Michigan Liquor Law Blog

Up-to-date information on liquor and the law in Michigan

Pedal Pubs Given the Green Light

  • June 22, 2015
  • Michael A. Brower

In a number of Michigan communities, a new form of chauffeured transportation has emerged in recent years. Companies have begun offering rides on four-wheeled open-air vehicles capable of seating around a dozen passengers, who propel the vehicle using pedals while a single paid operator handles the steering and braking.  These quadricycles, or “pedal pubs,” are frequently used to shuttle riders between bars, effectively turning them into a self-propelled transportation tool for pub crawls.  Under the current regulatory scheme, however, passengers cannot legally consume alcohol while on a quadricycle.

Now, in response to the ambiguous regulations governing licensing and operation of these vehicles, the Michigan Senate has proposed a number of quadricycle-specific laws, including approval for passengers to possess open alcohol containers while onboard, general regulations for operation, and authorization for local units of government to further regulate or prohibit operation.

These proposed changes, contained in Senate Bills 0165 and 0166, were approved by the House on June 18th, 2015, and have now been sent back to the Senate for final approval (for procedure, not substance).  The final step will be the Governor’s approval, which we hope to see in early July.

Under Senate Bill 0166, a quadricycle is defined as:

  1. Has fully operative pedals for propulsion entirely by human power.
  2. Has at least four wheels and is operated in a manner similar to a bicycle.
  3. Has at least six seats for passengers.
  4. Is designed to be occupied by a driver and powered either by passengers providing pedal power to the vehicle’s drive train or by a motor capable of propelling the vehicle in the absence of human power.
  5. Is used for commercial purposes.
  6. Is operated by the vehicle’s owner or an employee of the owner.

Notably, the legislation provides that commercial quadricycles are not motor vehicles.

At the core of the legislation, unless prohibited by local ordinance, passengers will be allowed to possess, consume, and transport alcohol on a quadricycle. The prevailing thought is that by allowing a passenger to drink, they can better regulate the pace at which they drink instead of quickly consuming their drinks before leaving each stop. For consumers, this is an exciting new opportunity and experience – especially for those in larger cities.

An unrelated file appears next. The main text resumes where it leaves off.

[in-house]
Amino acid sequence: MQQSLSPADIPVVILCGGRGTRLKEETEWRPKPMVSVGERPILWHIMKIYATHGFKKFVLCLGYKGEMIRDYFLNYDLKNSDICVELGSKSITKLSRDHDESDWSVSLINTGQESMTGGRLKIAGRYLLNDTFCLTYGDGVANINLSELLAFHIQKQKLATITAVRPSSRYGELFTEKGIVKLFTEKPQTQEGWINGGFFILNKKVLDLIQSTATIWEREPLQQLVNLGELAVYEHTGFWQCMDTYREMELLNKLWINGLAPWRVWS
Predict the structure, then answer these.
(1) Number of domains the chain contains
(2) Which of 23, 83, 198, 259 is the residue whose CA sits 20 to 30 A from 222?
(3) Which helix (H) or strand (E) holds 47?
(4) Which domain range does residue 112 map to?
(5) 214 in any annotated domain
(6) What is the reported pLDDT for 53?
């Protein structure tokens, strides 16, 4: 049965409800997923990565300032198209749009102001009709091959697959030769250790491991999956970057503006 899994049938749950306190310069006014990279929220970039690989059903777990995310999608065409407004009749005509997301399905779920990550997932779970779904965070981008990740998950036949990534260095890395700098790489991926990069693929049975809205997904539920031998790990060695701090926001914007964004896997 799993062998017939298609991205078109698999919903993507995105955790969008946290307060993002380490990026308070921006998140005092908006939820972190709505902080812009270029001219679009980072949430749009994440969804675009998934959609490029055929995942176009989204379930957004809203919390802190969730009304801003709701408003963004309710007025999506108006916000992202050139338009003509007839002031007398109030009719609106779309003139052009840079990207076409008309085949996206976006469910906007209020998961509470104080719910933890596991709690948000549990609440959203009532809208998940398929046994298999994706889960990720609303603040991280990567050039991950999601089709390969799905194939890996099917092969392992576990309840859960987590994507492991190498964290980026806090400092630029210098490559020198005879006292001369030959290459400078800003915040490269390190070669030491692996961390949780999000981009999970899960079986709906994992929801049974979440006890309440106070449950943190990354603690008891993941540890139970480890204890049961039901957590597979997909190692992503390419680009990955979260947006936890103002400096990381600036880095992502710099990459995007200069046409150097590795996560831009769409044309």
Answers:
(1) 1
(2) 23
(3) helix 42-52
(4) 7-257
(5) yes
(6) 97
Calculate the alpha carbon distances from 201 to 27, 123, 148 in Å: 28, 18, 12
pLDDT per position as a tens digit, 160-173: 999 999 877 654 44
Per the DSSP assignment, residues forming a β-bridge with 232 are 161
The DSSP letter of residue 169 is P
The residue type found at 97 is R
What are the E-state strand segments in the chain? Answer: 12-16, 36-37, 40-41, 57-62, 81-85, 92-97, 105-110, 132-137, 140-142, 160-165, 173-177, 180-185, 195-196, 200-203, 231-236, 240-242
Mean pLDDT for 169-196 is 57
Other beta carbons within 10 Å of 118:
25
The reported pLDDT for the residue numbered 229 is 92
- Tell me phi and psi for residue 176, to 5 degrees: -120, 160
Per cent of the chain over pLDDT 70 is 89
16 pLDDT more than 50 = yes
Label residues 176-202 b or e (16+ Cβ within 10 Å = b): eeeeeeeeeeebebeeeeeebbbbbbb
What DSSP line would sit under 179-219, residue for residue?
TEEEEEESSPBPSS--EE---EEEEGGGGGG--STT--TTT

In addition to permitting alcohol consumption on quadricycles, the pair of Senate bills will create stricter standards for operators, ensuring the safety of passengers.  Within Senate Bill 0165 are several such regulations, the first of which is to require the owner of a commercial quadricycle to obtain bodily injury and damage liability insurance with a minimum limit of $2 million.  Furthermore, this bill bans operators from having any alcohol in their system while actively operating the quadricycle.  All operators must possess a valid driver license (if the quadricycle is equipped with a motor), may only operate quadricycles at low speed roads, and are responsible for ensuring that their quadricycle meets proper visibility requirements.  The combined effect of these regulations is to simultaneously open up new opportunities for quadricycle operators while simultaneously implementing standards that will serve to decrease the risk of injury or other adverse effects.

Both pieces of legislation passed unanimously in the Senate and by a wide margin in the House. It is expected that the Governor will sign both bills when they reach his desk.


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*This information and thoughts herein are provided by the Liquor Lawyers at Stariha & Brower, PLC.  As always, we remind readers that the materials on this site are provided purely for informational purposes and are not legal advice. These materials are intended, but not promised or guaranteed, to be correct, complete, and current. This blog is not intended to be a source of legal advice. Therefore, the reader should not consider this information an invitation for an attorney-client relationship. Readers should always seek the advice of competent counsel.

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